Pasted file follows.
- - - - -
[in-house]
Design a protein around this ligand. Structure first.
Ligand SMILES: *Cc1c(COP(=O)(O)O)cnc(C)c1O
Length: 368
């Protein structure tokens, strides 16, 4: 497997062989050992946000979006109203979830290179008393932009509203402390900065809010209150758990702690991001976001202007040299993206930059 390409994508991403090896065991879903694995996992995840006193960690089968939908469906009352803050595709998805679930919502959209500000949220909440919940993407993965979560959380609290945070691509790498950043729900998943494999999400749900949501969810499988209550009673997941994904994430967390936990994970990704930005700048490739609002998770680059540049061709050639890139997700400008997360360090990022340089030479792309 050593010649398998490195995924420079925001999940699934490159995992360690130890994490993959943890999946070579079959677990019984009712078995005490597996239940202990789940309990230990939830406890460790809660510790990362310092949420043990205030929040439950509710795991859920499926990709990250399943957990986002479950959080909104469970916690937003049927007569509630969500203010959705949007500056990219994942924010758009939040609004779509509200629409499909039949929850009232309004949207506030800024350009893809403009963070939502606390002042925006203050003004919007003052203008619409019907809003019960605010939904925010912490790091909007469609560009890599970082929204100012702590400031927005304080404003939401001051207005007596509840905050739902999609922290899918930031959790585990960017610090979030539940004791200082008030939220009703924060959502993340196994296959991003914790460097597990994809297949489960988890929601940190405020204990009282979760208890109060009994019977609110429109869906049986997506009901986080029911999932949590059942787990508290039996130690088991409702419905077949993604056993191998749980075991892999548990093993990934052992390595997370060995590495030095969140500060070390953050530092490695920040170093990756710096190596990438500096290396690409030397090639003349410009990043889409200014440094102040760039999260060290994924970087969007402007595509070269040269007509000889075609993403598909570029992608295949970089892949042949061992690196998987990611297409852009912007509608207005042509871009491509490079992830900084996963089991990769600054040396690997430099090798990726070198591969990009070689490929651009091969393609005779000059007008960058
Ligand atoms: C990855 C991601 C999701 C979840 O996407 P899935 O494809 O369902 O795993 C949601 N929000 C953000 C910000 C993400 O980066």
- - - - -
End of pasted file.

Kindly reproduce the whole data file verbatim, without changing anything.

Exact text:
[in-house]
Design a protein around this ligand. Structure first.
Ligand SMILES: *Cc1c(COP(=O)(O)O)cnc(C)c1O
Length: 368
């Protein structure tokens, strides 16, 4: 497997062989050992946000979006109203979830290179008393932009509203402390900065809010209150758990702690991001976001202007040299993206930059 390409994508991403090896065991879903694995996992995840006193960690089968939908469906009352803050595709998805679930919502959209500000949220909440919940993407993965979560959380609290945070691509790498950043729900998943494999999400749900949501969810499988209550009673997941994904994430967390936990994970990704930005700048490739609002998770680059540049061709050639890139997700400008997360360090990022340089030479792309 050593010649398998490195995924420079925001999940699934490159995992360690130890994490993959943890999946070579079959677990019984009712078995005490597996239940202990789940309990230990939830406890460790809660510790990362310092949420043990205030929040439950509710795991859920499926990709990250399943957990986002479950959080909104469970916690937003049927007569509630969500203010959705949007500056990219994942924010758009939040609004779509509200629409499909039949929850009232309004949207506030800024350009893809403009963070939502606390002042925006203050003004919007003052203008619409019907809003019960605010939904925010912490790091909007469609560009890599970082929204100012702590400031927005304080404003939401001051207005007596509840905050739902999609922290899918930031959790585990960017610090979030539940004791200082008030939220009703924060959502993340196994296959991003914790460097597990994809297949489960988890929601940190405020204990009282979760208890109060009994019977609110429109869906049986997506009901986080029911999932949590059942787990508290039996130690088991409702419905077949993604056993191998749980075991892999548990093993990934052992390595997370060995590495030095969140500060070390953050530092490695920040170093990756710096190596990438500096290396690409030397090639003349410009990043889409200014440094102040760039999260060290994924970087969007402007595509070269040269007509000889075609993403598909570029992608295949970089892949042949061992690196998987990611297409852009912007509608207005042509871009491509490079992830900084996963089991990769600054040396690997430099090798990726070198591969990009070689490929651009091969393609005779000059007008960058
Ligand atoms: C990855 C991601 C999701 C979840 O996407 P899935 O494809 O369902 O795993 C949601 N929000 C953000 C910000 C993400 O980066």